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All the Movie References in Drake's New Short Film Jungle, Explained

Categories: Drake, Film, Hip-Hop

It's been obvious since 2010, when he rhymed "kosher" with "Ebert and Roeper," that Drake is a cinephile. Indeed, Nothing Was the Same positively bristles with movie references, from Memento to Martin Scorsese — perhaps inspired by his time on Degrassi: The Next Generation, where he worked under the great Bruce McDonald (and was billed as Aubrey Graham). This morning, when Drake unveiled Jungle, a fourteen-minute short film he made alongside director Karim Huu Do and Capote cinematographer Adam Kimmel, its arthouse influences came as no surprise. Here we trace some of the short's auteur inspirations.

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Here's to John Carpenter's Most Horrifying Musical Moments

Categories: BAM, Film

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Courtesy of BAM
The only things more feverishly worshipped than John Carpenter's horror movies and cult classics are the soundtracks that go along with them. Carpenter, who scores the majority of his flicks and has penned some of the most recognizable tunes ever to waft through a crowded theater, is big on partnering screaming heroines with stark, minimalist musical scrims, building tension to the point where you can cut his scenes with a knife. (Or stab them, more appropriately.) The iconic piano plinks of the Halloween theme, the dark synths and strident strings from Assault on Precinct 13, the metal edge of Ghosts of Mars — Carpenter spent as much time perfecting the background noise for his creepy, oozy, spattered moments as he did his plot points, and now he's stepped away from the director's chair and into the studio.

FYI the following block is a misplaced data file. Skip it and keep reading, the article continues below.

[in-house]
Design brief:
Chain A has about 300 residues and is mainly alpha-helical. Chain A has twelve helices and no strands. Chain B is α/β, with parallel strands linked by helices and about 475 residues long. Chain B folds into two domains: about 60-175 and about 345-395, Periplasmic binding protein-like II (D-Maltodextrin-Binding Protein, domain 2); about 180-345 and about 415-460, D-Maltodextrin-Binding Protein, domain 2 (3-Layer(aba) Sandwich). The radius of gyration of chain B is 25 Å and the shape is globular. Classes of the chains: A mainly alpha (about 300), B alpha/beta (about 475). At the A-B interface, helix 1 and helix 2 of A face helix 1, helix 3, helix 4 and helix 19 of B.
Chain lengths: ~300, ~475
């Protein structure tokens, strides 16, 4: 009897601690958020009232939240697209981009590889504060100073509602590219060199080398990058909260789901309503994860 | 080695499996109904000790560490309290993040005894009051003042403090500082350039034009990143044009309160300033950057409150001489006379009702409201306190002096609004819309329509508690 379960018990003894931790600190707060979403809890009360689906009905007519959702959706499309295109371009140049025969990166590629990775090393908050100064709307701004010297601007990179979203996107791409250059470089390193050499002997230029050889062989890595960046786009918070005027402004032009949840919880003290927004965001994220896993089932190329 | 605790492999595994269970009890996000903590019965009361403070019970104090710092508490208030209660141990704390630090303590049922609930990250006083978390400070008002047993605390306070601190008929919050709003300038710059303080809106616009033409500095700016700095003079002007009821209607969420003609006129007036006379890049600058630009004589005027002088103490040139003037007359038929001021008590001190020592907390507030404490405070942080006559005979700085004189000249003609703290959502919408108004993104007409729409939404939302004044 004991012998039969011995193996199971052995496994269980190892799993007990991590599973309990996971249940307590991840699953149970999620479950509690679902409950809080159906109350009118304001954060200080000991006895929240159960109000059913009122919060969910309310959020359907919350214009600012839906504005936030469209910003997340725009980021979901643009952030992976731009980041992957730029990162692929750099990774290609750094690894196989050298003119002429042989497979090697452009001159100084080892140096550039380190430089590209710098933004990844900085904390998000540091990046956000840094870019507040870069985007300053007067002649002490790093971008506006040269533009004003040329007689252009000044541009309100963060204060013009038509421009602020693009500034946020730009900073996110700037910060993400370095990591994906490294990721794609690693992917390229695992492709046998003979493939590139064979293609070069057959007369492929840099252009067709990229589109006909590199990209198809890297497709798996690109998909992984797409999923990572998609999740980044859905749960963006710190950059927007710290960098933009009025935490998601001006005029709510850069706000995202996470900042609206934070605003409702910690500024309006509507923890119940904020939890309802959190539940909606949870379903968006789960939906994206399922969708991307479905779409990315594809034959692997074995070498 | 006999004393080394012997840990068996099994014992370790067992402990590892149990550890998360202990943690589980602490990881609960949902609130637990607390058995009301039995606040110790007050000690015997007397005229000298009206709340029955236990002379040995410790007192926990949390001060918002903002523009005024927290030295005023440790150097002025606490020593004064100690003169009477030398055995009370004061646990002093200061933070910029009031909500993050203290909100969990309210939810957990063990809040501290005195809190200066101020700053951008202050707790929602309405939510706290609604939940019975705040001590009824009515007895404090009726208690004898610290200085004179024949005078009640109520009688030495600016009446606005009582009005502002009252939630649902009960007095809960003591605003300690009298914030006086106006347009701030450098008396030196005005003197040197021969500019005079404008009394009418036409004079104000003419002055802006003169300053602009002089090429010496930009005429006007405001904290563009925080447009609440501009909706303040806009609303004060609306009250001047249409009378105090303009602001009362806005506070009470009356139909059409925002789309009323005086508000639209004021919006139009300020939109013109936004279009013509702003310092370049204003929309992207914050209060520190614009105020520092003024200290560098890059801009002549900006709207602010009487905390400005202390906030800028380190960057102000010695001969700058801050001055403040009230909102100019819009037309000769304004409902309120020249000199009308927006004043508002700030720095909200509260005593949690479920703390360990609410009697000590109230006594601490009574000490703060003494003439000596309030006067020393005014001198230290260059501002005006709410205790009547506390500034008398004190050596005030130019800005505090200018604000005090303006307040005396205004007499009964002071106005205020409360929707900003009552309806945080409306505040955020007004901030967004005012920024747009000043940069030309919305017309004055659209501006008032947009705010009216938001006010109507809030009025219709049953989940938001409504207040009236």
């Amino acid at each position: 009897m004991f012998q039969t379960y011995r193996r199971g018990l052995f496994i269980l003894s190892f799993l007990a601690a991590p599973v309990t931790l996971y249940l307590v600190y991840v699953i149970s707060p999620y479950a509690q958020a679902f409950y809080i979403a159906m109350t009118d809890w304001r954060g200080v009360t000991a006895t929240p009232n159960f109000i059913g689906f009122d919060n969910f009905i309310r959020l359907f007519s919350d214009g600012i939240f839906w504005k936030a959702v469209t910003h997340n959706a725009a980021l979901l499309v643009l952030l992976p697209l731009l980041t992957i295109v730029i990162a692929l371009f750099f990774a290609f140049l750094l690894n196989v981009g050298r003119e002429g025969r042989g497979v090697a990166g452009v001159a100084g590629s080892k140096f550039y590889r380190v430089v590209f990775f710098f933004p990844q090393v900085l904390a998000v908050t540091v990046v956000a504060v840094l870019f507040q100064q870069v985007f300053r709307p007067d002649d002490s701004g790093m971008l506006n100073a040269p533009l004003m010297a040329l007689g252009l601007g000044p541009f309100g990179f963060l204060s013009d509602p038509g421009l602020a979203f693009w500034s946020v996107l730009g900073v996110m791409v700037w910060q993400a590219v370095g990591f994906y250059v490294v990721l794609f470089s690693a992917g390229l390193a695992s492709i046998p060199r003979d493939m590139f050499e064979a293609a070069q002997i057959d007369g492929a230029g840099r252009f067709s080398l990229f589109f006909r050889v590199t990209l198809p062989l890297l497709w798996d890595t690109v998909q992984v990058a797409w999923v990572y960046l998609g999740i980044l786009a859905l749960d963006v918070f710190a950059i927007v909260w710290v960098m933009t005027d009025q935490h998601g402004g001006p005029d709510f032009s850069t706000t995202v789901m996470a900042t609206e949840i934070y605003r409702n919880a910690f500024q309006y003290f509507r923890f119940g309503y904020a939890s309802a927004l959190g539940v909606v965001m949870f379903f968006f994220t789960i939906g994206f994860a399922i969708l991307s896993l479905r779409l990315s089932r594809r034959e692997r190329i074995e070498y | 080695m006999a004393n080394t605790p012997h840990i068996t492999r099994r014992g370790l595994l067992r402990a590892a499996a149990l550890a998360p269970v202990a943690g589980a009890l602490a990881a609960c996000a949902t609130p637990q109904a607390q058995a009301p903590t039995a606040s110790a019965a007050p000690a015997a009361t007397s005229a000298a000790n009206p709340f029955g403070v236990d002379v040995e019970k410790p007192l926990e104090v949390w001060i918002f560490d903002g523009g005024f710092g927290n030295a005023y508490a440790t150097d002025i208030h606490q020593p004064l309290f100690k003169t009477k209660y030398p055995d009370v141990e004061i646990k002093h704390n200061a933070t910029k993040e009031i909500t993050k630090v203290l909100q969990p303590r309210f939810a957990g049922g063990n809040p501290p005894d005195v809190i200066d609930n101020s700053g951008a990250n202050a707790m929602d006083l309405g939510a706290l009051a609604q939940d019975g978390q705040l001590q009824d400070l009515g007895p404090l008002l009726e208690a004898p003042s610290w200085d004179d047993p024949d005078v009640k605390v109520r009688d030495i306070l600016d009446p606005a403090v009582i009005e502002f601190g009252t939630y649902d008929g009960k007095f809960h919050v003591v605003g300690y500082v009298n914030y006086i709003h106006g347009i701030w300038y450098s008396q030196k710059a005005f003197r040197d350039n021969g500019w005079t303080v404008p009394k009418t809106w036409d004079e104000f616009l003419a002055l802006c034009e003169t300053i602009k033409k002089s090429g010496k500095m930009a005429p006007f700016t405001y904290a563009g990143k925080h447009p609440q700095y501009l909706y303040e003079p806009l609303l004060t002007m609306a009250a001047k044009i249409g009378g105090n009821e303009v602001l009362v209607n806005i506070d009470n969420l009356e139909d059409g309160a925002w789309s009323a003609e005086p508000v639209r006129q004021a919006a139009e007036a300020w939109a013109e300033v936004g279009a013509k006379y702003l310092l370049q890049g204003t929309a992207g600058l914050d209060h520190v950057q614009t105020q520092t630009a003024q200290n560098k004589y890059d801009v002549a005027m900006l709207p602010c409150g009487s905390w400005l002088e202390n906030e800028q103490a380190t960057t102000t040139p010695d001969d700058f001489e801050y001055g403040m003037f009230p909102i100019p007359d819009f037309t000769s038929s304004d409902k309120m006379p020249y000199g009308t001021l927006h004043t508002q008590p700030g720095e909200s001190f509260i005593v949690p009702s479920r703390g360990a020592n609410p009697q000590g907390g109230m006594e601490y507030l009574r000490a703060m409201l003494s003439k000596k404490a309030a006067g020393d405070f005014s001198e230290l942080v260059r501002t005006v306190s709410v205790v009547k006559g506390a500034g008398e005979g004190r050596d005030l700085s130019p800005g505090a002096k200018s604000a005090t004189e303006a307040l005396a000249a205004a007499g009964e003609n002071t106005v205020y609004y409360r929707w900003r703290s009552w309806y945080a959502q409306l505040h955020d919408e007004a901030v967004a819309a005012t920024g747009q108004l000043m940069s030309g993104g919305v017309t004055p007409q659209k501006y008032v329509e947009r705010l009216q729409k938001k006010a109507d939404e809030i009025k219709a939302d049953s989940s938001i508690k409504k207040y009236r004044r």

Carpenter's first solo album, Lost Themes, drops February 3, and the record capitalizes on all of the sonic hallmarks we've come to expect from the champion of terror. The Brooklyn Academy of Music will be celebrating the work of Carpenter all month, showing several titles spanning the length of his career, for its John Carpenter: Master of Fear series, starting with Halloween February 6. (Carpenter was scheduled to sit down with NPR's Brooke Gladstone at BAM to chat about all things Lost Themes, Michael Myers, and more, but the event has been canceled.)

We've compiled a list of our favorite Carpenter music moments, so just avoid saying "I'll be right back!" when you run off to grab your headphones.

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10 Music Urban Legends Scarlett Johansson's Lucy Gets Wrong

Categories: Film

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YouTube Screen Capture
Lucy, I Remember Lucy
Today, Friday, July 25th, sees the release of the new sci-fi action film Lucy starring Scarlett Johansson. But despite the awe-inspiring special effects, this high octane thrill ride is facing quite a bit of criticism for basing its entire premise around the entirely untrue myth that "Humans only use 10% of their brain." As anyone with a passing understanding of the mind will tell you, the human brain serves a spectacular amount of functions, and the idea that only 10% of it being realized is silly, especially considering how the slightest of damage to the brain can have catastrophic consequences for an individual.

See also:

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Jean-Claude Van Damme's Finest Musical Moments

Categories: Film

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Robbin Cresswell via Wikimedia Commons
JCVD